Synopses & Reviews
Winner of a "Discovery"/The Nation Award
Winner of the 1999 PEN/Joyce Osterweil Award for Poetry
Some Ether is one of the more remarkable debut collections of poetry to appear in America in recent memory. As Mark Doty has noted, "these poems are more than testimony; in lyrics of ringing clarity and strange precision, Flynn conjures a will to survive, the buoyant motion toward love which is sometimes all that saves us. Some Ether resonates in the imagination long after the final poem; this is a startling, moving debut."
"[An] astonishing debut collection. In their roaming uneasiness, these poems enact the hypodermic activity of grief. We are guided by a stunning and solitary voice into lives that have spiritually and physically imploded. No one survives and still there is so much to be felt. Here is sorrow and madness reconciled to humanity."—Claudia Rankine
"Nick Flynn's subject—a mother's suicide, a son's peripatetic childhood—could not be more difficult to approach. If the poems stand 'close to tragedy,' as Flynn puts it, they also embody the act of survival: syntax and line conspire to pull us past the event, beyond the struggle. And yet the ghost of trauma lingers, ramifying beond the exquisitely understated endings of Flynn's poems. Even more powerful than the final line of 'My Mother Contemplating Her Gun'—'Tomorrow it will still be there'—is the silence that follows it, the knowledge that nothing lasts. These poems establish their emotional authority through their very movement—their wayward, whispering music. At once reckless and demure, outrageous and delicate, Some Ether promises nothing: it is a harrowing, beautiful book."—Judges' statement for the 1999 PEN/Joyce Osterweil Award for Poetry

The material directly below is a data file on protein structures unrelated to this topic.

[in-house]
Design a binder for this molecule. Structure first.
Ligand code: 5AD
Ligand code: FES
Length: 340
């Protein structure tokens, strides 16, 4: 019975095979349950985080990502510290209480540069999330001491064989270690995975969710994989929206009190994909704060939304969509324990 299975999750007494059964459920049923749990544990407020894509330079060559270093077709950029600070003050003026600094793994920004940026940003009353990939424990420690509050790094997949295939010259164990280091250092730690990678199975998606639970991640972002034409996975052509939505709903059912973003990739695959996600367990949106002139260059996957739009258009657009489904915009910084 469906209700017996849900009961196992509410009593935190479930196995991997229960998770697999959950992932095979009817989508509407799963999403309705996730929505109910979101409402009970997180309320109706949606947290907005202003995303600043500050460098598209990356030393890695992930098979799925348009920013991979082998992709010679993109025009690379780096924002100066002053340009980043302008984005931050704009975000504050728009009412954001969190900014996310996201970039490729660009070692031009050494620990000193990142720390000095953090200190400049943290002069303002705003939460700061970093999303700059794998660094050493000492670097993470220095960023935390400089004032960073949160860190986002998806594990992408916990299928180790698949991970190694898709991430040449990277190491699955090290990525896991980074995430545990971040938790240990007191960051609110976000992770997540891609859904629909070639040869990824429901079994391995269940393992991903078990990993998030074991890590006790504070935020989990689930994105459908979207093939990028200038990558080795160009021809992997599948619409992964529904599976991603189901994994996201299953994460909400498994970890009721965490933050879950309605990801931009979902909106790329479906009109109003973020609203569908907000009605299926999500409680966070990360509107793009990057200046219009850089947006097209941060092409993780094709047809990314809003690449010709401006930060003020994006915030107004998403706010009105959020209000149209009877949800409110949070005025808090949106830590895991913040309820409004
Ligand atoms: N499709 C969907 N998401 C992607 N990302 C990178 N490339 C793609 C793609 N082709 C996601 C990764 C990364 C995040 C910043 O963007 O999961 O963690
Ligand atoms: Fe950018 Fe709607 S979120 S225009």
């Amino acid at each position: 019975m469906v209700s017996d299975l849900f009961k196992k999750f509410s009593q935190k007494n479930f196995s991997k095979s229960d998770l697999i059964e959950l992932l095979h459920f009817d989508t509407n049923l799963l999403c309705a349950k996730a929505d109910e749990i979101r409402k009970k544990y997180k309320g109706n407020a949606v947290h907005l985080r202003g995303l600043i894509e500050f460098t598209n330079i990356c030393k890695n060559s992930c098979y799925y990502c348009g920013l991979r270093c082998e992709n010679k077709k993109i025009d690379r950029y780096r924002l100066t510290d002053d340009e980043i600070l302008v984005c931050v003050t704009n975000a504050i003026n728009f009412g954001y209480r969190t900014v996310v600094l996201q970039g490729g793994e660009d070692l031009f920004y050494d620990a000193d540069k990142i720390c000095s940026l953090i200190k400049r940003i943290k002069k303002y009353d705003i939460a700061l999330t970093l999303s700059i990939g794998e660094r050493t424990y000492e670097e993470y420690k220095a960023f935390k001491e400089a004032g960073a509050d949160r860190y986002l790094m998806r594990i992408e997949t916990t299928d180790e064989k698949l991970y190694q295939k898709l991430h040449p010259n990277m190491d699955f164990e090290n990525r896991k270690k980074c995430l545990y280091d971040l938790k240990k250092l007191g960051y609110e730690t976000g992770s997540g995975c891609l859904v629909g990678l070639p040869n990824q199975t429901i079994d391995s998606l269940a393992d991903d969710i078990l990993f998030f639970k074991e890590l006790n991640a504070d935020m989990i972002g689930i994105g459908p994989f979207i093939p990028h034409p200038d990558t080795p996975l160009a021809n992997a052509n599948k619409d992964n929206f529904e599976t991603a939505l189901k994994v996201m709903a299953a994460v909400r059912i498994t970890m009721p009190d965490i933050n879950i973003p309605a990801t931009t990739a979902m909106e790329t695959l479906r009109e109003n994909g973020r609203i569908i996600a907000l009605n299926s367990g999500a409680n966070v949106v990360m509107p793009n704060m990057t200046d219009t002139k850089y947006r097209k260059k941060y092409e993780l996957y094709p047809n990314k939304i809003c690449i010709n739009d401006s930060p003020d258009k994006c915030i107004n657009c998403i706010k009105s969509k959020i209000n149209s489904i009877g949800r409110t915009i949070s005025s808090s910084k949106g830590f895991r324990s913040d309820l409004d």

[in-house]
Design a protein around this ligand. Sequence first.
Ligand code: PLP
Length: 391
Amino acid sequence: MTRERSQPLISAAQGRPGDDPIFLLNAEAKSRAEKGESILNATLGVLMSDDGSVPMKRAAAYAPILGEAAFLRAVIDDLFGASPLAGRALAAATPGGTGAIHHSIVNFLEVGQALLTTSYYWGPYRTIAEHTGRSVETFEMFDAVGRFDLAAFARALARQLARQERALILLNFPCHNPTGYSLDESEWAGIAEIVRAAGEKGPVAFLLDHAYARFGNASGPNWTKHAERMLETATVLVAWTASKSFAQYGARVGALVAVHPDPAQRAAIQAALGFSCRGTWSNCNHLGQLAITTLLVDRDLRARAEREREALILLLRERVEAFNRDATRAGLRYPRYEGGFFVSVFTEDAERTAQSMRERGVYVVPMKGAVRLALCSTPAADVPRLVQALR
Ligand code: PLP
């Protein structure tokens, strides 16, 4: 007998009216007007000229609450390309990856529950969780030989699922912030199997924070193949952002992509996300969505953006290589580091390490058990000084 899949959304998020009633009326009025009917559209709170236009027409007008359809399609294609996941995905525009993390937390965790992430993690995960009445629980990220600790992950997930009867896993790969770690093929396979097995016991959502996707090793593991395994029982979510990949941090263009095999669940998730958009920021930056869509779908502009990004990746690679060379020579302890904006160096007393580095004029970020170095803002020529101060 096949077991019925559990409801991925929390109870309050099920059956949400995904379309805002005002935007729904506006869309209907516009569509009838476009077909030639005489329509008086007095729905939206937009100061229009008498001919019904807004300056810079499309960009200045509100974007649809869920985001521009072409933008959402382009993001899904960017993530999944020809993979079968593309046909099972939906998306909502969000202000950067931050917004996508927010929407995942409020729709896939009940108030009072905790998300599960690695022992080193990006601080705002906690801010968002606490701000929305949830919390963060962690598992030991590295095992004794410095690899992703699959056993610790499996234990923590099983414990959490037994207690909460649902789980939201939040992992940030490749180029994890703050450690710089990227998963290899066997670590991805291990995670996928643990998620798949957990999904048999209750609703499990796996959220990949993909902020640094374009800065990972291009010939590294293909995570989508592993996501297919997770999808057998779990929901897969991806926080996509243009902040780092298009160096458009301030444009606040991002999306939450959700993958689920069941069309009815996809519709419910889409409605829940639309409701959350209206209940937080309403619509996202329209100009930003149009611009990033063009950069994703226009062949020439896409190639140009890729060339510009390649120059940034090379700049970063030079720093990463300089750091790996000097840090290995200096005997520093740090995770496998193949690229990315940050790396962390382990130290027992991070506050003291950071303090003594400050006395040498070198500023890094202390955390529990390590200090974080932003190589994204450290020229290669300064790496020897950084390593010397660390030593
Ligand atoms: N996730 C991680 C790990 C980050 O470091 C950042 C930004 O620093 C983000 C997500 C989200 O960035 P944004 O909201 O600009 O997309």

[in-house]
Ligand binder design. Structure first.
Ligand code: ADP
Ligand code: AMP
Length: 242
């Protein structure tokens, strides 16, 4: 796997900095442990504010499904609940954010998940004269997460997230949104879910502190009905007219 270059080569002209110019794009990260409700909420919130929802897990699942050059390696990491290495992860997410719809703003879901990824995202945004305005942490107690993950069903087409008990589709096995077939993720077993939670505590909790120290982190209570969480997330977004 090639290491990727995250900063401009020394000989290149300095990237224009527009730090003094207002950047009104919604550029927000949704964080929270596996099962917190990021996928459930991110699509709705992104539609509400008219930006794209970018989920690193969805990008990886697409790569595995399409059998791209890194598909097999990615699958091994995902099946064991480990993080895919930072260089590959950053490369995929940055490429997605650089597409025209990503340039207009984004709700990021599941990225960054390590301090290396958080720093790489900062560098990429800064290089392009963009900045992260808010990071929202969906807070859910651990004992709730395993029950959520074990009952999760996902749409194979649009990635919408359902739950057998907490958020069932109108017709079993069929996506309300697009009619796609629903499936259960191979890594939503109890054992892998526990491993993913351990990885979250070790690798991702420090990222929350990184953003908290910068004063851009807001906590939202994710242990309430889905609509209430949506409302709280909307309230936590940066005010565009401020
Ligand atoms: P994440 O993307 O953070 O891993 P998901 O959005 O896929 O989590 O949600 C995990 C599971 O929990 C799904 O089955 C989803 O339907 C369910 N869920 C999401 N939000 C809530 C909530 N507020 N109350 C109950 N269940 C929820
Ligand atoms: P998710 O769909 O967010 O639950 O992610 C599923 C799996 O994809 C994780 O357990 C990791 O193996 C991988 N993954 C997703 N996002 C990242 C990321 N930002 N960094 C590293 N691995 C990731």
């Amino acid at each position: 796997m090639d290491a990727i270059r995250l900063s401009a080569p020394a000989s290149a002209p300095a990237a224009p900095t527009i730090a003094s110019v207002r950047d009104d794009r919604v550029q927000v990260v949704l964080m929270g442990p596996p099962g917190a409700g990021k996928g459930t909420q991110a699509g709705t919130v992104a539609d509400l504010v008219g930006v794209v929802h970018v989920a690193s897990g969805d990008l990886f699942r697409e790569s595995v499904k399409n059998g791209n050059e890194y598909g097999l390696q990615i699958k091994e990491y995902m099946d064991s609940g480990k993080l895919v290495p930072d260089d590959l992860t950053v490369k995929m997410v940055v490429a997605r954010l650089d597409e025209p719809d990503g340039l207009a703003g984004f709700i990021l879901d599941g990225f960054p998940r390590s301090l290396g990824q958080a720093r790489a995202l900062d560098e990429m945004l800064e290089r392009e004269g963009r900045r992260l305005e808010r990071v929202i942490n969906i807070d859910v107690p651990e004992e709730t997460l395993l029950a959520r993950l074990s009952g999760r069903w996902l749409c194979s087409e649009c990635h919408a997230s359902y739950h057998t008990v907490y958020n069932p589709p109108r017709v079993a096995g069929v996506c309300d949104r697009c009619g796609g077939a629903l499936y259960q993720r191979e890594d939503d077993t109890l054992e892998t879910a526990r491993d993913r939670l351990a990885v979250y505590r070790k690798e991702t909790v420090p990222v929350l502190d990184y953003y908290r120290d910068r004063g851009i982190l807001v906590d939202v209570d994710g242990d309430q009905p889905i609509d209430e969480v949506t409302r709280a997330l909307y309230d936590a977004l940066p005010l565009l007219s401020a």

Even before publication, Nick Flynn's collection has made its mark: as winner of The Nation/Discovery Award and the PEN/Joyce Osterweil Award for Poetry. Flynn honors two impulses: to speak the unspeakable and to admit that there is something beyond being spoken. As the PEN judges note: "At once reckless and demure, outrageous and delicate, Some Ether promises nothing: it is a harrowing, beautiful book".
About the Author
is a member of Columbia University's Writing Project and lives in Brooklyn. He is also the author of Blind Huber